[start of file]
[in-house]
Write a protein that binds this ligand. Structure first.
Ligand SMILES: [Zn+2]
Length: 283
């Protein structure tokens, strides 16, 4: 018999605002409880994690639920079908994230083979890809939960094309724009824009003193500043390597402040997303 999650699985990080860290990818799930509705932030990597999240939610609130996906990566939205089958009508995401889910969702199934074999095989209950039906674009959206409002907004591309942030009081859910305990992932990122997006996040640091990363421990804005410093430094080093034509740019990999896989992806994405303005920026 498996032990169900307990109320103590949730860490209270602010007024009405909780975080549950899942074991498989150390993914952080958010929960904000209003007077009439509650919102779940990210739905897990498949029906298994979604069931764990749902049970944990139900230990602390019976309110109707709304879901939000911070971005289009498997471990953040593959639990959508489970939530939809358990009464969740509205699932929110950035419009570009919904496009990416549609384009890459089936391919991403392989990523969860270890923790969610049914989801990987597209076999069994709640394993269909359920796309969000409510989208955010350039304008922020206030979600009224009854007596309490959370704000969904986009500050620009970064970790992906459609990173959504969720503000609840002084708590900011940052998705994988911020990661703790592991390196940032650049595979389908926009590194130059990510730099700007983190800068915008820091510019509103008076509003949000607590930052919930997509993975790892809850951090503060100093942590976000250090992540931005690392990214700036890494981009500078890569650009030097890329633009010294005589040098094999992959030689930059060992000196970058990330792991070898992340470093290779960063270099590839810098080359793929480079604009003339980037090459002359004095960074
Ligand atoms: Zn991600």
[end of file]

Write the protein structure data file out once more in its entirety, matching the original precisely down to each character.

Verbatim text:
[in-house]
Write a protein that binds this ligand. Structure first.
Ligand SMILES: [Zn+2]
Length: 283
């Protein structure tokens, strides 16, 4: 018999605002409880994690639920079908994230083979890809939960094309724009824009003193500043390597402040997303 999650699985990080860290990818799930509705932030990597999240939610609130996906990566939205089958009508995401889910969702199934074999095989209950039906674009959206409002907004591309942030009081859910305990992932990122997006996040640091990363421990804005410093430094080093034509740019990999896989992806994405303005920026 498996032990169900307990109320103590949730860490209270602010007024009405909780975080549950899942074991498989150390993914952080958010929960904000209003007077009439509650919102779940990210739905897990498949029906298994979604069931764990749902049970944990139900230990602390019976309110109707709304879901939000911070971005289009498997471990953040593959639990959508489970939530939809358990009464969740509205699932929110950035419009570009919904496009990416549609384009890459089936391919991403392989990523969860270890923790969610049914989801990987597209076999069994709640394993269909359920796309969000409510989208955010350039304008922020206030979600009224009854007596309490959370704000969904986009500050620009970064970790992906459609990173959504969720503000609840002084708590900011940052998705994988911020990661703790592991390196940032650049595979389908926009590194130059990510730099700007983190800068915008820091510019509103008076509003949000607590930052919930997509993975790892809850951090503060100093942590976000250090992540931005690392990214700036890494981009500078890569650009030097890329633009010294005589040098094999992959030689930059060992000196970058990330792991070898992340470093290779960063270099590839810098080359793929480079604009003339980037090459002359004095960074
Ligand atoms: Zn991600």